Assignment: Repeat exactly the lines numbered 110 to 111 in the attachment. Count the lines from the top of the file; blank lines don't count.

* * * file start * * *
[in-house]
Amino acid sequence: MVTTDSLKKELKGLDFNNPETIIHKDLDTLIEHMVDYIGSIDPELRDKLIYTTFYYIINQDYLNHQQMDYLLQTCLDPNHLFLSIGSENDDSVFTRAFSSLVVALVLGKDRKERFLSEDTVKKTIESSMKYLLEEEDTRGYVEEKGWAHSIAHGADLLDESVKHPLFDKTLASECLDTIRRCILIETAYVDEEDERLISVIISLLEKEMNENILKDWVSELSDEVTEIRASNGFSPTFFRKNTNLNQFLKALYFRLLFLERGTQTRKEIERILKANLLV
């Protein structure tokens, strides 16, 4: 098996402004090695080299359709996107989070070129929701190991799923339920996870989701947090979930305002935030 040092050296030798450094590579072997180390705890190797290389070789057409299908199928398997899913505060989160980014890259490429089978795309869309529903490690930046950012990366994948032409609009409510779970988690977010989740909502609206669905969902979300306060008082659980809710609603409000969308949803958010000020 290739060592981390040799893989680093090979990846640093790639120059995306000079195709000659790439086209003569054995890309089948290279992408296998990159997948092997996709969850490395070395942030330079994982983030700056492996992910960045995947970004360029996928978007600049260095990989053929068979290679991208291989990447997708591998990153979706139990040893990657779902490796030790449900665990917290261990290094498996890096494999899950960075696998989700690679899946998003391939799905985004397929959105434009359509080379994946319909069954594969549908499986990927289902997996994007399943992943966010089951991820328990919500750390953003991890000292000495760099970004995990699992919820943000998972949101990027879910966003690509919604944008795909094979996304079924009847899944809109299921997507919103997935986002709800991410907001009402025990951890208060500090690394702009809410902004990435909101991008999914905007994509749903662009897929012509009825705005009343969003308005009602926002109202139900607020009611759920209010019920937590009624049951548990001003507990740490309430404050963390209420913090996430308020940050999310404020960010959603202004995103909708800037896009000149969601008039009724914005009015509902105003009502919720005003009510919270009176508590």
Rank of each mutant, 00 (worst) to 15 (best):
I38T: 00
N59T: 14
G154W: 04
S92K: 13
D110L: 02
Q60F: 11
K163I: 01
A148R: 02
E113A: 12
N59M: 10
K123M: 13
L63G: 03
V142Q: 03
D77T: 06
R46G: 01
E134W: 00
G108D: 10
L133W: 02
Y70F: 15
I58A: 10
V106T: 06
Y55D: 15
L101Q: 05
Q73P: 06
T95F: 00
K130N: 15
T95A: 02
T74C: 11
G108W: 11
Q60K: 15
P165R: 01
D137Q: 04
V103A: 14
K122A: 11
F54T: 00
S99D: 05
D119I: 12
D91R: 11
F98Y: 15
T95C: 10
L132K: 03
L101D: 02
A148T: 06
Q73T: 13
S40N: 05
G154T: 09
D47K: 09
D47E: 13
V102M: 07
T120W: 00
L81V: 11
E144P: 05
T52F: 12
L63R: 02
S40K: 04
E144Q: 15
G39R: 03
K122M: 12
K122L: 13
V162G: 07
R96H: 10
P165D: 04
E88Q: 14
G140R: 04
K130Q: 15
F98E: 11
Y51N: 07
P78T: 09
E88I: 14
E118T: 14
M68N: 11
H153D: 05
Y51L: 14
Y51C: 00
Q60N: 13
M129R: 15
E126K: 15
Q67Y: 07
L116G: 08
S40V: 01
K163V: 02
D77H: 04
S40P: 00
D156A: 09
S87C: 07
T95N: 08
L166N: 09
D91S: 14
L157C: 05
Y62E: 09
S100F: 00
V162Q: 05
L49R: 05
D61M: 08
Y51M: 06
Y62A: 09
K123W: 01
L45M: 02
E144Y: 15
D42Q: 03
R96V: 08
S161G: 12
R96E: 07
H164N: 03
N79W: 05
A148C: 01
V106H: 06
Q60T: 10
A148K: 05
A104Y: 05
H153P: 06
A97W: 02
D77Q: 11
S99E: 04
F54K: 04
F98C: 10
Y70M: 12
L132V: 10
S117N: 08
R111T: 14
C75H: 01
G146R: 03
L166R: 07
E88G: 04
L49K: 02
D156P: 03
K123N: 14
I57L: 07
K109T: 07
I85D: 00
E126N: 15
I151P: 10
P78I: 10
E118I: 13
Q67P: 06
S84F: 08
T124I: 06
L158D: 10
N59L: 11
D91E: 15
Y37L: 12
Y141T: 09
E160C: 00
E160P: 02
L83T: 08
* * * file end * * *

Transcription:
A148C: 01
V106H: 06